• Redness – can last for a few weeks
  • Peeling – it is important that you do not pick at or peel off the skin
  • Sensitive skin after the peel
  • In rare cases, patients may experience an infection in the skin or an out-break of cold sores. This normally only occurs in patients who have a history of such complaints and anti-viral medication may be recommended if such complications occur.
  • Mild transient swelling of the face
  • Hypo or Hyperpigmentation – patients must use all after care products as directed and remember to use a high factor sunscreen (factor 30 or more)
  • In rare cases scarring or keloids may occur.


Dermaceutic professional products Spot Peel





  • Simple & Easy to use
  • A peel for every skin type
  • Non/minimal pain
  • Non/minimal client down time
  • No client pre prep necessary
  • Visible result
  • Complimentary skin care range
  • Highly Cost effective

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Spot-Peel Aftercare

0n Day of Treatment:
Wash face with a non-glycolic cleanser after ______ hours. Then apply K-Ceutic cream.

FOLLOWING 3-4 DAYS:

MORNING EVENING
Cleanser C5 Cleanser C5
K-Ceutic K-Ceutic
SunCeutic
MORNING EVENING
Cleanser C5 Cleanser C5
Kceutic (Serum C25 or HyalCeutic if preffered) Light Ceutic
SunCeutic Spot Cream on all the pigmented spots

AFTER 4-5 WEEKS:
Arrange a post-treatment review at the clinic
- Then consider changing Spot Cream to Yellow Cream (to be explainedtheir next visit).

Dermaceutic professional products Spot Peel

  • Simple & Easy to use
  • A peel for every skin type
  • Non/minimal pain
  • Non/minimal client down time
  • No client pre prep necessary
  • Visible result
  • Complimentary skin care range
  • Highly Cost effective

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iv) Cosmo (TCA Peel)

Dermaceutic Cosmo (TCA) Skin Peel (15 % or 18%)

TCA skin peels are a treatment for skin-ageing, photo-aging, over-pigmentation and active acne. The treatment is administered by applying thin coats of a solution on to my skin. This stings somewhat but is relieved by a fan. A post-peel mask (crème) is then applied. Immediately afterwards the treated skin will look red (like sunburn) and this redness will fade over a few hours.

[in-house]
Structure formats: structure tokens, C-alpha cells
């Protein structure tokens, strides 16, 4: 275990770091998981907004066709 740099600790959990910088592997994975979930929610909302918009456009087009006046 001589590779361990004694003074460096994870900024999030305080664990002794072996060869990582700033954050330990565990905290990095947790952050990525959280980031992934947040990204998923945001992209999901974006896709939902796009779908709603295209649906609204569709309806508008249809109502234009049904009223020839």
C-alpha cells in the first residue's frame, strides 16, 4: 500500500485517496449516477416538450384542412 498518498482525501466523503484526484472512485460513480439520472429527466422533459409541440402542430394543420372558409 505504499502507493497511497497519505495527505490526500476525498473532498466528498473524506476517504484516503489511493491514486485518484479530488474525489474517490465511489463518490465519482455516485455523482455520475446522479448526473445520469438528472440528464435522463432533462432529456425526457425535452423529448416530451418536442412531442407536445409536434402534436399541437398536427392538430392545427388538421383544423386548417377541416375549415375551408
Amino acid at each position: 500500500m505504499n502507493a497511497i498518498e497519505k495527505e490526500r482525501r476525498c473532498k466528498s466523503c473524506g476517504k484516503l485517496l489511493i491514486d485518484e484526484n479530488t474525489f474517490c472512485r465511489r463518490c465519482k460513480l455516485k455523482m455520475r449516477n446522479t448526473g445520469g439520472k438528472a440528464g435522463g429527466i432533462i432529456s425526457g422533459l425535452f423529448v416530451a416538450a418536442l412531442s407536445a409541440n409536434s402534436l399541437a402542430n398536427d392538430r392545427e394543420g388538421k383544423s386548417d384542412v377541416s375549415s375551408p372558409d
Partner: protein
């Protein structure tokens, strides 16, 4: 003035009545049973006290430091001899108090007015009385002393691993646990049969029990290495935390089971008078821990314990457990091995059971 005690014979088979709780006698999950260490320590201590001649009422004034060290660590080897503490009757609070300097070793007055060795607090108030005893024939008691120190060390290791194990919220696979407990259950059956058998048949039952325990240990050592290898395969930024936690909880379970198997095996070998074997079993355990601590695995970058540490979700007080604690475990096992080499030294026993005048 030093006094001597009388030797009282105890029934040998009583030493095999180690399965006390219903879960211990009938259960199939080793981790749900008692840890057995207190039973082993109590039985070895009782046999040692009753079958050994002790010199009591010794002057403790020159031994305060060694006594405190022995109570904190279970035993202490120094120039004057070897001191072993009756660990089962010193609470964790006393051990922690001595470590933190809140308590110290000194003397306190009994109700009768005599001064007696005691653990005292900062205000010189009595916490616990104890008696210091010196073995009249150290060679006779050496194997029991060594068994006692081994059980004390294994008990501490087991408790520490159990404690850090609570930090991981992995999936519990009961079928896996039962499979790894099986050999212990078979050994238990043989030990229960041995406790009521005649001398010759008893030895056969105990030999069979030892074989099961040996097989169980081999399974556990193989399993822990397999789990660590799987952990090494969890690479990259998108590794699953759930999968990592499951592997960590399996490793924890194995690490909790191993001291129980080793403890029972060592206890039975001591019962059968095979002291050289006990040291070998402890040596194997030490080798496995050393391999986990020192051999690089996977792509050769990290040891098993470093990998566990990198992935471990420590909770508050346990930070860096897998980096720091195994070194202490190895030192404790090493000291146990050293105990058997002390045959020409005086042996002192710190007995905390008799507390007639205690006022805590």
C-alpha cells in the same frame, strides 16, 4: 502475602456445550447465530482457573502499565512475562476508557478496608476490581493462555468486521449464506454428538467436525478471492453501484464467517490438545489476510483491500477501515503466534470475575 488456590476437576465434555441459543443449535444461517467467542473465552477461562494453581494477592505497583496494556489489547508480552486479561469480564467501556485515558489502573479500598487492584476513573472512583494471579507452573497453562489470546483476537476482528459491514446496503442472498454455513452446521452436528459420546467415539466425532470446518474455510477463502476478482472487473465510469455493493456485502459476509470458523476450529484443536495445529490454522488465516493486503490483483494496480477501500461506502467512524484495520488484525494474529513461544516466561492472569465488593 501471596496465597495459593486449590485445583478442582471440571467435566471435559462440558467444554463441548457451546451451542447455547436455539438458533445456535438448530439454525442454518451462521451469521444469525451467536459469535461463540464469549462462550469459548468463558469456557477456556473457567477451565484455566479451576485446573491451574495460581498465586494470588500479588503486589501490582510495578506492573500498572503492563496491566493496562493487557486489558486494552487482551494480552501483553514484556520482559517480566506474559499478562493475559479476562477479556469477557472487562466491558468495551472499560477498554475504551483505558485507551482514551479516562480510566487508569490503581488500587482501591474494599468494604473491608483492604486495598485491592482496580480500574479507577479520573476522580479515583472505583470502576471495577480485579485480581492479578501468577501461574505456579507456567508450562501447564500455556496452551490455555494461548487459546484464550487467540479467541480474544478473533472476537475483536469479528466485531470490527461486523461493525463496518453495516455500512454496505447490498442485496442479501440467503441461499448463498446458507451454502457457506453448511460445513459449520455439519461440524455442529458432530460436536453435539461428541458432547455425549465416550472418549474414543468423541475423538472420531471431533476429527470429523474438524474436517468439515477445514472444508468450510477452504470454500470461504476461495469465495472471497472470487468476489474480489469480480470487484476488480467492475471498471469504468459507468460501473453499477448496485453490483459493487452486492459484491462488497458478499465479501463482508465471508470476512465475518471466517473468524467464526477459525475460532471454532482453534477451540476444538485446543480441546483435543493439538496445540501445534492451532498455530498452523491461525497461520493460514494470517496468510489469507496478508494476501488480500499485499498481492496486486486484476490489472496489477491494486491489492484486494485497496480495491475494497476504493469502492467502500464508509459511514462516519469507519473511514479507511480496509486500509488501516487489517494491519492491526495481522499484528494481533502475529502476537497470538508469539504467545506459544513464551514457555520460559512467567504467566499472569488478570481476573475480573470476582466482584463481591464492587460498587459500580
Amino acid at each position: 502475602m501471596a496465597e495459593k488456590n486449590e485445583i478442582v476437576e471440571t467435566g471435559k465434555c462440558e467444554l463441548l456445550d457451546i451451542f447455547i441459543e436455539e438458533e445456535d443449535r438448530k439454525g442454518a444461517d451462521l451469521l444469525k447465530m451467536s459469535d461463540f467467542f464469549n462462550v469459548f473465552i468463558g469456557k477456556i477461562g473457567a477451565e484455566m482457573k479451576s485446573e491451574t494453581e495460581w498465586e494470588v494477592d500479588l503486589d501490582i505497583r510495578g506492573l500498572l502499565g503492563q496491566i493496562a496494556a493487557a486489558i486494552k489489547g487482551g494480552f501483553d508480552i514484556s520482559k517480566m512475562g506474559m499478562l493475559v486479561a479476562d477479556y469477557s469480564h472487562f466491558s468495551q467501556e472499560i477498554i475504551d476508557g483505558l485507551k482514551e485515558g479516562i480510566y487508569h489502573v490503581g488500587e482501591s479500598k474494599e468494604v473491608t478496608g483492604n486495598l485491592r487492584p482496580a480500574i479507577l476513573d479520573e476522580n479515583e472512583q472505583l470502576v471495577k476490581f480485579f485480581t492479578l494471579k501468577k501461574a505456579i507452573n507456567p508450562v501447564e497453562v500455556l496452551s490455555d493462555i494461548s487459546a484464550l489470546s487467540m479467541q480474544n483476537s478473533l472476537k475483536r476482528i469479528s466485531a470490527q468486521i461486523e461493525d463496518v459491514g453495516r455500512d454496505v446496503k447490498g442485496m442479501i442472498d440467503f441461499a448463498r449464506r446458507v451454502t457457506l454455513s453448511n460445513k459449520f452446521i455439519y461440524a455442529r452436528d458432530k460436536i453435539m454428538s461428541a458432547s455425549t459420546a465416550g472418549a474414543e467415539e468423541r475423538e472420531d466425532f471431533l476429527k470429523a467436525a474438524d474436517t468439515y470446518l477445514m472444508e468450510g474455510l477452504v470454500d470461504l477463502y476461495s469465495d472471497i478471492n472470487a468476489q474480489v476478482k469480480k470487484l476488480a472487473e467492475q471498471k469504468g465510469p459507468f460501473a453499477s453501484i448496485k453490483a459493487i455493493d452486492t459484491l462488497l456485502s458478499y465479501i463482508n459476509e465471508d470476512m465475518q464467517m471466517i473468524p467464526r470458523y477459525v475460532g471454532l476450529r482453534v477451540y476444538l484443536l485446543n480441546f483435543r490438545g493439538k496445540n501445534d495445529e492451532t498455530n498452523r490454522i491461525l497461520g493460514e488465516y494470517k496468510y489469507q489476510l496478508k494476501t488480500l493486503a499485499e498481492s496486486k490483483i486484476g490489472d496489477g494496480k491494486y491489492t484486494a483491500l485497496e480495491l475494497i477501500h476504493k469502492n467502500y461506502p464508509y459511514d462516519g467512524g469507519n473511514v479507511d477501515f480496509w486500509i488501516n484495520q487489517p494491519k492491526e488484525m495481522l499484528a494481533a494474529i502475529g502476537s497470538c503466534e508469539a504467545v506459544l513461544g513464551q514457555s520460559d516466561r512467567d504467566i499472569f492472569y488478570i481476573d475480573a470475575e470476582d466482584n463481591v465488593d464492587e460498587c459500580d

The next day the skin will feel tight and may still have a slight redness. Later that day, or the next, it will become drier and tighter. The skin may also become darker as any areas of overpigmentation dry and come to the surface. On the 3rd or 4th day the skin will start to peel (like the peeling after sunburn).

The peeling must be allowed to occur naturally and no loose areas of skin must be pulled off or there could be a risk of scarring. The post peel crème should be applied as directed. After a further few days the peeling should be completed (and after a couple of weeks the next peel can then be performed, if I am having the full course of treatments).

Adverse effects from TCA skin peel are extremely rare. Remember - loose skin must not be pulled or picked off otherwise there could be a risk of scarring. Cold sores (herpes simplex) around the mouth can be triggered off by the peel in those who have previously suffered from cold sores. You should tell the practitioner if you suffer from cold sores, preventative tablets can be prescribed.